Bunkers, shelters and other buildings
- Posts: 7
- Joined: Thu 20 Jun, 2019 10:26 pm
I suspect 'Guilder' that you were one year ahead of me. Dave Farrer and Pete Toolan are still, I believe, alive and well. I played cricket in the First XI with both of them and with 'Jasper' Cliff. I am truly sorry to hear of his death.Guilder wrote: ↑Fri 01 Nov, 2013 10:23 amI was there in the early 60s but moved away from Leeds to London many years ago. Does anyone remember, or better still have news of, Dave Farrer, Pete Toolan, John McKenna or Eddie Coyne? All friends of mine with whom I lost touch. Sadly my great pals Bernard Cliff and Paul Roe with whom I did retain contact, have died, both far too young.Fond, mostly, memories of many of the masters mentioned here: "Sister" Edwards; Jim Grady (whom I last saw with characteristic fag on in a bookies in Leeds); John McIntyre, a real gent and a great history teacher, one of the few I remember who conveyed his love of the subject; Frs Woodhall, Culshaw and Yarnold who took the 1st X1 for cricket in my time.
Of the teachers, Jim Grady had taught my older brother Michael (an excellent Latin scholar) and found me lazy, stupid and odiously precocious (not unfairly, it must be said); McIntyre was a gentleman whose lessons were meticulously planned and 'recited' - this I know because he had taught my other brother, Peter, who maintained verbatim notes that I took with me to his classes and to which McIntyre would very occasionally refer if a particular minor detail escaped him. Fr Woodhall taught maths to 2B. He was more or less innumerate but a thoroughly gentle and admirable man (who I was later to learn was an outstanding theologian). Fr Culshaw had a genuine love of English Literature but an unworthy tendency to have favourites (upon whom he would heap praise) and victims (whom he would torment). To Fr Yarnold I owed the award of my cricket First XI colours while still in the 5th form - an award that so appalled my older brother Peter that he promptly burned his own. I suspect Fr Yarnold doubted that, idle as I was, I would never clear the 5 O level barrier to the sixth and thought it was then or never.
Finally. I must record my life long admiration of and debt to the late Fr Paul Edwards - a highly sensitive, tortured but deeply decent man who did much to civilise St Michael's through his opposition to and hand in the abolition of the profoundly distasteful use of ritualised corporal punishment. I know 'Sister' was often mocked and derided - but he came to officiate at the funeral Mass for my father (who died, to my despair, when I was in the sixth) and who later (when I had drifted away from 'Scholarship Sixth with exams untaken) sent to my home fully completed University application forms that required only my signature (with a note hoping I could find the time to sign them and summon the energy to get them in the post) and thus changed the course of my life for the better. By chance I learned the intriguing and sad story of when and how he died and I do hope he has found the peace that escaped him throughout a life lived AMDG.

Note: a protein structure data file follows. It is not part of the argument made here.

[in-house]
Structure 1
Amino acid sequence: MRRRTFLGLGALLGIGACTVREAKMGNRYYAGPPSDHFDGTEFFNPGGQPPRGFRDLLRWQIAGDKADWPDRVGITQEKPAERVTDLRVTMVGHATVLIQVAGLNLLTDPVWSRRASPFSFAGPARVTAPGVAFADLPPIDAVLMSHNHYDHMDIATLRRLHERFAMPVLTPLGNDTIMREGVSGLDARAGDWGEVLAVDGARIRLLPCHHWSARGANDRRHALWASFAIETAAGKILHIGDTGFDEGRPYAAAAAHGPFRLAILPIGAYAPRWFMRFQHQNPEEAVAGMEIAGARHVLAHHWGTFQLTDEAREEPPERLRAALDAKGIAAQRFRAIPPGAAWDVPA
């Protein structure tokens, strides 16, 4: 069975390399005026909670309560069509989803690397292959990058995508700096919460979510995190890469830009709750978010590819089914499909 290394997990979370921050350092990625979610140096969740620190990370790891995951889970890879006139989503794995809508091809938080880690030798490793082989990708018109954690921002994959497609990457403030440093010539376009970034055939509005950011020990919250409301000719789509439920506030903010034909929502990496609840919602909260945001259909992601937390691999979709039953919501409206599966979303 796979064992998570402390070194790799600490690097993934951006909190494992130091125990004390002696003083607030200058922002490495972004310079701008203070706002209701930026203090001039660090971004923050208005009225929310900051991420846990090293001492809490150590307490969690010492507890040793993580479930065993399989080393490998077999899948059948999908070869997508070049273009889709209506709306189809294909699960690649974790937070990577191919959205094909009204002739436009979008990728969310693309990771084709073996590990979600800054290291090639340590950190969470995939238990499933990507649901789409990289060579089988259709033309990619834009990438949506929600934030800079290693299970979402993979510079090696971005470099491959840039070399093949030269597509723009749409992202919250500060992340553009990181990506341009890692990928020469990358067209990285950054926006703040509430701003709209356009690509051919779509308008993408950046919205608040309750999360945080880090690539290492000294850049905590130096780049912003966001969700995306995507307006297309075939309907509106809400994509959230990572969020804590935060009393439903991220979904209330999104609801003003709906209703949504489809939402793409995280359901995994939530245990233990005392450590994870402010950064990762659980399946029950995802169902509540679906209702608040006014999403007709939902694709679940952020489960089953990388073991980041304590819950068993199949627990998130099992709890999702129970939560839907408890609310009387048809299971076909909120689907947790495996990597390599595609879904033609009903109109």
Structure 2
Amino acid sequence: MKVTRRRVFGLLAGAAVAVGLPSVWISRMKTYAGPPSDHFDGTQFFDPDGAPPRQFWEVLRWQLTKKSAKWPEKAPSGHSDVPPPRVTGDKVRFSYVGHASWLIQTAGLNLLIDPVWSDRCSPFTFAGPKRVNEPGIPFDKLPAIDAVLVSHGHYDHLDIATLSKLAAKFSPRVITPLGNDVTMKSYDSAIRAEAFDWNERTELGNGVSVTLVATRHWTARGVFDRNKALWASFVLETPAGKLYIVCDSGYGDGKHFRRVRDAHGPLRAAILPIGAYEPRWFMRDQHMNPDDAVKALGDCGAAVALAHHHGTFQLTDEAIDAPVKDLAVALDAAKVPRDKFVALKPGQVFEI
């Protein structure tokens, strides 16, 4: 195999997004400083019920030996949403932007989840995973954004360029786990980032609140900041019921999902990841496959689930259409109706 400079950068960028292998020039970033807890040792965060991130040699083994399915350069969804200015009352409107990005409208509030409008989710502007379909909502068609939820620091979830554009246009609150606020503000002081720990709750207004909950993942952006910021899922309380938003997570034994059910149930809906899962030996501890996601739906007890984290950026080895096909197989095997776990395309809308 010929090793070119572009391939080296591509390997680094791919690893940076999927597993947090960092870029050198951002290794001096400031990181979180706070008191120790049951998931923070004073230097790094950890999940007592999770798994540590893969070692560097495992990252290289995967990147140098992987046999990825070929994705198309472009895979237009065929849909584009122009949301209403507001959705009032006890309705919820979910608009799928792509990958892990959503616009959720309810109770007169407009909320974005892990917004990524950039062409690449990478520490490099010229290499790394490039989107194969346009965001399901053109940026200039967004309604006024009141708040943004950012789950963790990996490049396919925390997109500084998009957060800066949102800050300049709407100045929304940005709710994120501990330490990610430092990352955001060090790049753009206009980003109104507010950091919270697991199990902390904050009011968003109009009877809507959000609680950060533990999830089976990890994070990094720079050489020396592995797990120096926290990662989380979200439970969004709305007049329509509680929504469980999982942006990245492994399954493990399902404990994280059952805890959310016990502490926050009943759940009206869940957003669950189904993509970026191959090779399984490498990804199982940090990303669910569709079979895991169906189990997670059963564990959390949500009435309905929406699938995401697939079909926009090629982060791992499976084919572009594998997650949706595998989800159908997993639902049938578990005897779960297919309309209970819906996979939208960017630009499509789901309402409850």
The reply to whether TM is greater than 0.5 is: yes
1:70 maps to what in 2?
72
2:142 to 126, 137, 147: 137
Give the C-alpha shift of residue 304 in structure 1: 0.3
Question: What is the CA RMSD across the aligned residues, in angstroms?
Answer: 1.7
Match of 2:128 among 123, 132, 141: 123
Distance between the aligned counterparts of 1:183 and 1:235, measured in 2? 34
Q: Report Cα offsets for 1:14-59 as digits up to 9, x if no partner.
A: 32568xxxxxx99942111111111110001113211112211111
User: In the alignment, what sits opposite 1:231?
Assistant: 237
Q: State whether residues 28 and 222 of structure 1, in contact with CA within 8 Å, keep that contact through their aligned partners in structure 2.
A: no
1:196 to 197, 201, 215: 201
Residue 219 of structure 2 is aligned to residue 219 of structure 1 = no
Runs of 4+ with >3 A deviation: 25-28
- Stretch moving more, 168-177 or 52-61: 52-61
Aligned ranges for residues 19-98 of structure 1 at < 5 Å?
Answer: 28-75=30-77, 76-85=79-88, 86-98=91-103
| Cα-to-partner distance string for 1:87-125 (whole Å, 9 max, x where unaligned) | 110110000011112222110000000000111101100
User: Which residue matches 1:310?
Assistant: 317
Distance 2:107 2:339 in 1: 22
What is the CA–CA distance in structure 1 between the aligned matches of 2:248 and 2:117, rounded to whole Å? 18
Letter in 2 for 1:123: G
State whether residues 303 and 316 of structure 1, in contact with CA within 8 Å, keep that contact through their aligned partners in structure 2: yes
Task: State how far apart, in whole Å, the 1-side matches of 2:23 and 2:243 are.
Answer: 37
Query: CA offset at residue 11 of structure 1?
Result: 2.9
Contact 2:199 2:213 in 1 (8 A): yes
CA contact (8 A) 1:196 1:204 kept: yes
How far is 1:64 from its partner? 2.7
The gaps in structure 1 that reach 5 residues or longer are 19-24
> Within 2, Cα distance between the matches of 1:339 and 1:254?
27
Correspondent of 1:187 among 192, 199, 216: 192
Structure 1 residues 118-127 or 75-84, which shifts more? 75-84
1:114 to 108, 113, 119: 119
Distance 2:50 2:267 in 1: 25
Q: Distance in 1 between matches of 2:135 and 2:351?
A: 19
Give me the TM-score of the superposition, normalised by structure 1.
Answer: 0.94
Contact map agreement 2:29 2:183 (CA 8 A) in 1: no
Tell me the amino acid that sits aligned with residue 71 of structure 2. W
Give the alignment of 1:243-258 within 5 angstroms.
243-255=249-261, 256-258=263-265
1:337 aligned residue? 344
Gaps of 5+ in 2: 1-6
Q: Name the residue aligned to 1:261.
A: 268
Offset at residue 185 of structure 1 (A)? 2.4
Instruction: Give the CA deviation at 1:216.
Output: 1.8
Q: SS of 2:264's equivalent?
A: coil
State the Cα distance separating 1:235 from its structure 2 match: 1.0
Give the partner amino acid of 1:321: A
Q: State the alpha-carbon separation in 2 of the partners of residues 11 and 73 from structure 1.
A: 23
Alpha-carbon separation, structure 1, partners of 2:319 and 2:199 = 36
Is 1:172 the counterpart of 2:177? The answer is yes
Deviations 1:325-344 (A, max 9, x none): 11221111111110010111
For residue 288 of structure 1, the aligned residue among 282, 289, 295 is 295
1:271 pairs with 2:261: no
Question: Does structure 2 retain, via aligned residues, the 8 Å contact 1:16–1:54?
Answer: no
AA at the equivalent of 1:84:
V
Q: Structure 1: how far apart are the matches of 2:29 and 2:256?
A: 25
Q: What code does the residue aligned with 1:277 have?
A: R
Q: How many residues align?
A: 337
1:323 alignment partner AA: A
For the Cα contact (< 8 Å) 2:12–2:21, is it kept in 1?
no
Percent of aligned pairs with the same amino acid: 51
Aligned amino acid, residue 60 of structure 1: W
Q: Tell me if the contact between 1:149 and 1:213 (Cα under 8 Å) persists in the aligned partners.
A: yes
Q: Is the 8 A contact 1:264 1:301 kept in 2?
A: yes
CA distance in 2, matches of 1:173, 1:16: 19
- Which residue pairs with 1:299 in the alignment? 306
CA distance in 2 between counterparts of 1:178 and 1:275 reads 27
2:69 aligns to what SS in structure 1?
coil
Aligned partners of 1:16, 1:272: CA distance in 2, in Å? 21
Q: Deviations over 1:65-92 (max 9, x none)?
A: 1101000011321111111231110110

- Posts: 7
- Joined: Thu 20 Jun, 2019 10:26 pm
I suspect you were a contemporary of my brother Michael - born into the depths of poverty who (along with five or six others - inter alia, Hargreaves, Croning, the Elstub brothers - in his year) won a Scholarship to Oxford (in his case to read Greats) thanks to the tutelage of Fr Dickie Doyle. Michael still reveres him and the education he received at St Mick's in the fifties. My memories from a few years later are considerably more mixed.Twicetwelve wrote: ↑Thu 11 Oct, 2012 12:02 pmRemember - Victory Plays - Romans and Cartheginians - House Captains collecting House points from individuals and adding a few more to boost totals Fog in November and 3.15 finishes so that the train lads could catch their trains The massive slides down the playground when it was icy Carrs of Carlisle biscuits on sale at playtime and at Cookridge on Saturday The enamel bowls of cold, muddy water, in lieu of showers, for those who bothered to wash after football at Cookridge Jack Povey's bike, the biggest ever Herb's chalk circles Norbert's Old Boy blazer (What became of SMOBA?) O'C's stamp club. A good way of keeping indoors when the weather was foul. Benediction in the tin chapel and Edna Creek bashing away on the harmonium at the back, with the aroma of chips lingering from the nearby kitchen Those admirable lads from inner city areas who won Oxford scholarships
- Posts: 1936
- Joined: Mon 11 Jan, 2010 2:32 pm
Many thanks for your post, it just goes to show no matter what cards you were delt in your early years you can reach your goals if you have the determination.
No matter were i end my days im an Hunslet lad with Hunslet ways.
Who is online
Users browsing this forum: No registered users and 9 guests